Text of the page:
While many people get warm and wet feelings about their smoothing planes, I have those emotions about my hand drill.
Maybe it’s because I use a hand drill almost daily for nails and screws, especially after building a ton of campaign furniture with all the inset brasses.
So this summer I gave away my hand drill to a friend who didn’t have one and thought: “I’ll just buy another on eBay. They are so common.”
They are common, but I got snookered four times. On all four of the drills the chuck was messed up in one of the following three ways:
- The jaws had been abused so they would not close tightly on a small bit.
- The jaws were missing springs. And replacing the springs turned out to be an adventure in spring purchasing. And even with working springs, I encountered problem No. 1 above.
- The jaws closed tightly and had their springs, but there was so much runout that the drill was unusable.
Yes, I asked all the sellers about the chucks. They simply didn’t have the knowledge to give me a good answer.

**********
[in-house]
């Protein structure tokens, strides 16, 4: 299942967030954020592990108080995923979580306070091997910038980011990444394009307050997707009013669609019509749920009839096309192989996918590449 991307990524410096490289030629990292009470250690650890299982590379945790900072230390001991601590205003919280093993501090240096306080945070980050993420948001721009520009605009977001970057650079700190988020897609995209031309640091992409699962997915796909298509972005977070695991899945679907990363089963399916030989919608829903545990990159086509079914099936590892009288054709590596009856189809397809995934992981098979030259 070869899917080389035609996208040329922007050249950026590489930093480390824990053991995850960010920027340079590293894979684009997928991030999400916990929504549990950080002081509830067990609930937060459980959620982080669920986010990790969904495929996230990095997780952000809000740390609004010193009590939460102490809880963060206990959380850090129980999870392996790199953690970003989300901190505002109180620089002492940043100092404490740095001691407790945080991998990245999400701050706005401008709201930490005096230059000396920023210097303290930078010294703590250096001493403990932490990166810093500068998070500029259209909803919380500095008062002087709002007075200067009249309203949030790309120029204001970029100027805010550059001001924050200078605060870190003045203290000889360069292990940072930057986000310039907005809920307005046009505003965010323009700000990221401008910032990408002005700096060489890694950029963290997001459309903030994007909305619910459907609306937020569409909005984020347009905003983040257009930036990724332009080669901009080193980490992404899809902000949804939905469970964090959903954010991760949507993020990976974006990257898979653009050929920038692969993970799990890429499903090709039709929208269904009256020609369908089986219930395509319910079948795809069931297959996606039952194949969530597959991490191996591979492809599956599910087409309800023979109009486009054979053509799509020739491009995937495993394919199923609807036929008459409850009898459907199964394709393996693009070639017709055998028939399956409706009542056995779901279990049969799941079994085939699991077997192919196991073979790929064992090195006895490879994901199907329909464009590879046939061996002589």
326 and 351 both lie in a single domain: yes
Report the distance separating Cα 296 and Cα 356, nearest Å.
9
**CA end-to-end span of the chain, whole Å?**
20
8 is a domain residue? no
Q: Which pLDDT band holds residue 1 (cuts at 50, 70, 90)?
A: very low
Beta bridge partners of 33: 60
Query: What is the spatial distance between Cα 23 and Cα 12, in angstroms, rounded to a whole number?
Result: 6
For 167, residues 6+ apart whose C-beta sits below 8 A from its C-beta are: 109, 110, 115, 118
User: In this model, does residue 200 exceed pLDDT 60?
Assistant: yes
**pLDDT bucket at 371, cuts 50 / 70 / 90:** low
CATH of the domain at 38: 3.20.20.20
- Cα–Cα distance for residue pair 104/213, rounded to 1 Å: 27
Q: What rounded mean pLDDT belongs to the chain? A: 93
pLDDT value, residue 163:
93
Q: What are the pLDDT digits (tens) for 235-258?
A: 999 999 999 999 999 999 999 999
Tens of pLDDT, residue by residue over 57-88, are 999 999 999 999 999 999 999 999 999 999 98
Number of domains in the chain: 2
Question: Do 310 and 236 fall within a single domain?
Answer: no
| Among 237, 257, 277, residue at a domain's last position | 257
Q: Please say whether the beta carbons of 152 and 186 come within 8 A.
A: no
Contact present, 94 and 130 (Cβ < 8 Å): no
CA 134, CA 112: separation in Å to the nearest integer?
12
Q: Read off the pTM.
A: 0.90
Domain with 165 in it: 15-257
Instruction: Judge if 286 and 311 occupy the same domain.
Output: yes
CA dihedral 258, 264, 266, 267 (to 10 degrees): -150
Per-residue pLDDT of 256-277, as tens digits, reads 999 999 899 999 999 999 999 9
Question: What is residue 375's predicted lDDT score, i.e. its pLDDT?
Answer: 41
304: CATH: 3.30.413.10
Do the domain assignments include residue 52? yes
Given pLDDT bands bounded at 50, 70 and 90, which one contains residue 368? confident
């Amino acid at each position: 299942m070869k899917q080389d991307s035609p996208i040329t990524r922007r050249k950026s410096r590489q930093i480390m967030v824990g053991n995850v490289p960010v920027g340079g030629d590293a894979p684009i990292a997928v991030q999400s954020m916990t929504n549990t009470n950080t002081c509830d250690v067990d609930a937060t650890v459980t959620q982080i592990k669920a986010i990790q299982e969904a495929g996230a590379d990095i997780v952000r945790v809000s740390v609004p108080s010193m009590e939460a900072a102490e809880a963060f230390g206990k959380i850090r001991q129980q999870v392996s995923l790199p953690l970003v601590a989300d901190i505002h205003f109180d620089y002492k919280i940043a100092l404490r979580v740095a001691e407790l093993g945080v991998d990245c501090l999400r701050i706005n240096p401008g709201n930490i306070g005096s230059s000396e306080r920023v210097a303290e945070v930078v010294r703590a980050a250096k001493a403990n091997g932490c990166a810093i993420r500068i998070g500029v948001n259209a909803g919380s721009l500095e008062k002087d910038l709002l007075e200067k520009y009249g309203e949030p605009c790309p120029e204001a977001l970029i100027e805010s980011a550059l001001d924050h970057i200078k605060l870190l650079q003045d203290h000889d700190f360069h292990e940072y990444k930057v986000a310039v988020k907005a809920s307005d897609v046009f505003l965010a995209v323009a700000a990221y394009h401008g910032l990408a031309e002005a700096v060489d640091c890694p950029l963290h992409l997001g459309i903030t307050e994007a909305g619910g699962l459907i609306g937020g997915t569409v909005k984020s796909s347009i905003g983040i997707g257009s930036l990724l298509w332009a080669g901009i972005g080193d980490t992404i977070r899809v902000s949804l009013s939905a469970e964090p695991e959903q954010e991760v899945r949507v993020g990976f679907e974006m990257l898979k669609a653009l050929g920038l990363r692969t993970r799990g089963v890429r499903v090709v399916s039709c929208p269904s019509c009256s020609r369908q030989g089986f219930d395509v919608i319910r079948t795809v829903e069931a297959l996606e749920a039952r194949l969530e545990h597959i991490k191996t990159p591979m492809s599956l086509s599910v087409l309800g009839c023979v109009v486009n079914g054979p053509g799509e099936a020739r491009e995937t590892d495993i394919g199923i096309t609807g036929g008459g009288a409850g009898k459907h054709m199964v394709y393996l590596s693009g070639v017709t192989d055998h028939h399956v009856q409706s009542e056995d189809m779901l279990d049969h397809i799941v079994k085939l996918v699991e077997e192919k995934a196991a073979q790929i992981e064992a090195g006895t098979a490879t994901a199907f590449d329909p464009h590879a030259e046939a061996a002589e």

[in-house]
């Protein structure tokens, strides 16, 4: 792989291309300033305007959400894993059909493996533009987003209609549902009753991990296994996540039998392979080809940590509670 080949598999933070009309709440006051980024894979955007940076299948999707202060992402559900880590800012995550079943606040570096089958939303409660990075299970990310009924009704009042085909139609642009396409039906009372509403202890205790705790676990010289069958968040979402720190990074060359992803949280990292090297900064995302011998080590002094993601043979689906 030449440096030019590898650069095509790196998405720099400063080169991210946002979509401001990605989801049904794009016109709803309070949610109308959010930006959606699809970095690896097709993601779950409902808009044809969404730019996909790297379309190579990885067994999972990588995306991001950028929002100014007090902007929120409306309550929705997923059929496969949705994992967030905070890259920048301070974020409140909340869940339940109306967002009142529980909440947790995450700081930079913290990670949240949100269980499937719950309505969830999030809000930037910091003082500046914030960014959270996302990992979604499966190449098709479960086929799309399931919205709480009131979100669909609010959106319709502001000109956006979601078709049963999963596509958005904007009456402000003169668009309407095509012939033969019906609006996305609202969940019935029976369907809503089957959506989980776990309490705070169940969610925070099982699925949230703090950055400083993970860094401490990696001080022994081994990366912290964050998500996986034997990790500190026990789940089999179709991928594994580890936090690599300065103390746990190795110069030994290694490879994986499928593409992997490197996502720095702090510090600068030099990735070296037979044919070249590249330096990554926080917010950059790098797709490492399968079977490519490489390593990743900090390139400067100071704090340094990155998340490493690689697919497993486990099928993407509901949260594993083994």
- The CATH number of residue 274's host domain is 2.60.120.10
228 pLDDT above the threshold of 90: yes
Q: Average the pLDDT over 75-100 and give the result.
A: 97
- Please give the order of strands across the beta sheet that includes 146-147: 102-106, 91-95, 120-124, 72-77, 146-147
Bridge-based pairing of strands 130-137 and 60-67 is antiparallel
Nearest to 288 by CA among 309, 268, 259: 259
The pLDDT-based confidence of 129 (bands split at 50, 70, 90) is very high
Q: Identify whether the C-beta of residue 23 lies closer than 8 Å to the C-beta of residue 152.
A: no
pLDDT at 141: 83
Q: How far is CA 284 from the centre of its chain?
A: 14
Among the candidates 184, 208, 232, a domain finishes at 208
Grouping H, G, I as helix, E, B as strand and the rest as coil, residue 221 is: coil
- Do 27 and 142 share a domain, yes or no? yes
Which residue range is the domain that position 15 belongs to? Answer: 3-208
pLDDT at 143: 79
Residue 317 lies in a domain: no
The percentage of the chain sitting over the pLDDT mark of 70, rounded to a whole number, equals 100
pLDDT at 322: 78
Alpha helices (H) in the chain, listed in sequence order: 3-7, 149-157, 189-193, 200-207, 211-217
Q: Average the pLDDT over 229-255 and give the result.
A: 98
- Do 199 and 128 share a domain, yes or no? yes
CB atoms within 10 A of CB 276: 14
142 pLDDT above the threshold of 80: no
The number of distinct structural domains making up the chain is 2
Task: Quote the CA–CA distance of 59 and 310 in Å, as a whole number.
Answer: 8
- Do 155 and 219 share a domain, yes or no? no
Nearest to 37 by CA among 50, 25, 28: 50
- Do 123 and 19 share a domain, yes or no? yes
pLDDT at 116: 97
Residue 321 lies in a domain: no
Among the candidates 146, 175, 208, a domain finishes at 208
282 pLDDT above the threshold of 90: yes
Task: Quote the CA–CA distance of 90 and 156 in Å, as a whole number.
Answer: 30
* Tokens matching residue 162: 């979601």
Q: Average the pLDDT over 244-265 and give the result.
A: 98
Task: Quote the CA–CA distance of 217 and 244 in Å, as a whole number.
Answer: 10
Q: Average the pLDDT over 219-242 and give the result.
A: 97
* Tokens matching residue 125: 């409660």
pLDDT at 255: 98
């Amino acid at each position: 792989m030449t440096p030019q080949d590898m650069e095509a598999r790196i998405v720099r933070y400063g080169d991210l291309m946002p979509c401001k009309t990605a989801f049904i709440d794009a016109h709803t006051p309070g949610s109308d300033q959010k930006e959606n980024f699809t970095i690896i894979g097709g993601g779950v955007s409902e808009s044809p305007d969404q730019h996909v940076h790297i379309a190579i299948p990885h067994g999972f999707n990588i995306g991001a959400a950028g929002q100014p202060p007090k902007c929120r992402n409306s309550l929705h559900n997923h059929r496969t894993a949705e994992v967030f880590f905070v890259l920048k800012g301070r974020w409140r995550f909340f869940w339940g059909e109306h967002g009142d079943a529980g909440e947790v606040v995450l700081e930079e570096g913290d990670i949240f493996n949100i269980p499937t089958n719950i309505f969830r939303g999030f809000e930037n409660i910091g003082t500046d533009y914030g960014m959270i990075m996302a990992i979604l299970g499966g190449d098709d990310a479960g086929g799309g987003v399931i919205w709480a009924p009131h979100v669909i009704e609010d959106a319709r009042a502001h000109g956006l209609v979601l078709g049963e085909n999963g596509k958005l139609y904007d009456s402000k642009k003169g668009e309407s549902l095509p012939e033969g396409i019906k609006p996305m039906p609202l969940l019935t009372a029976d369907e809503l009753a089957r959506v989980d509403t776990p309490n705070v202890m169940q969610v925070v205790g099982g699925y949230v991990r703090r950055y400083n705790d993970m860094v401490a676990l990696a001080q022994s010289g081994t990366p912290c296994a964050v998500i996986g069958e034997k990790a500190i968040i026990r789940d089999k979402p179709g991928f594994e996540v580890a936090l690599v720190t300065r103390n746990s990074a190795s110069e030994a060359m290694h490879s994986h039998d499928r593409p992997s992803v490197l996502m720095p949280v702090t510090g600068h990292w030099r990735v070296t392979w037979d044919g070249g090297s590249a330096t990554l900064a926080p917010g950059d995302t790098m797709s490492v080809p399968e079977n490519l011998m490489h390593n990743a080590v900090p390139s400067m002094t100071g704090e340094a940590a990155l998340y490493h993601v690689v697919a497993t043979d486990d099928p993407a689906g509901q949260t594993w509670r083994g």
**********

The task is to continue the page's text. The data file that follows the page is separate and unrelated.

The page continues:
This reinforced my assertion that the best place to buy used tools is at a swap meet, such as those held by the Mid-West Tool Collectors Association. If you go to one of the organization’s regional or national meetings you can try about 20 or 30 hand drills and find one that is perfect. And it will likely cost you less than on eBay.
I didn’t have time to wait for a tool meet, however. I use my hand drill every day.
So I reached out to two respected sellers who are also woodworkers: Pat Leach at Supertool and Ted Hoeft at Lone Pine Toolworks. Pat finds some of the best tools, describes them very well and takes tools back with no questions if you have a problem. Ted restores hand drills and has the same reputation.
Both guys had drills available that met my requirements. So I bought one from each. Pat’s was about $85 and Ted’s was $200. It might seem pricey, but I’m set for another 15 years – or until I do something silly again and give away a tool I use every dang day.
Both sellers are highly recommended. If you are tired of gambling on eBay with tools, check them out.
— Christopher Schwarz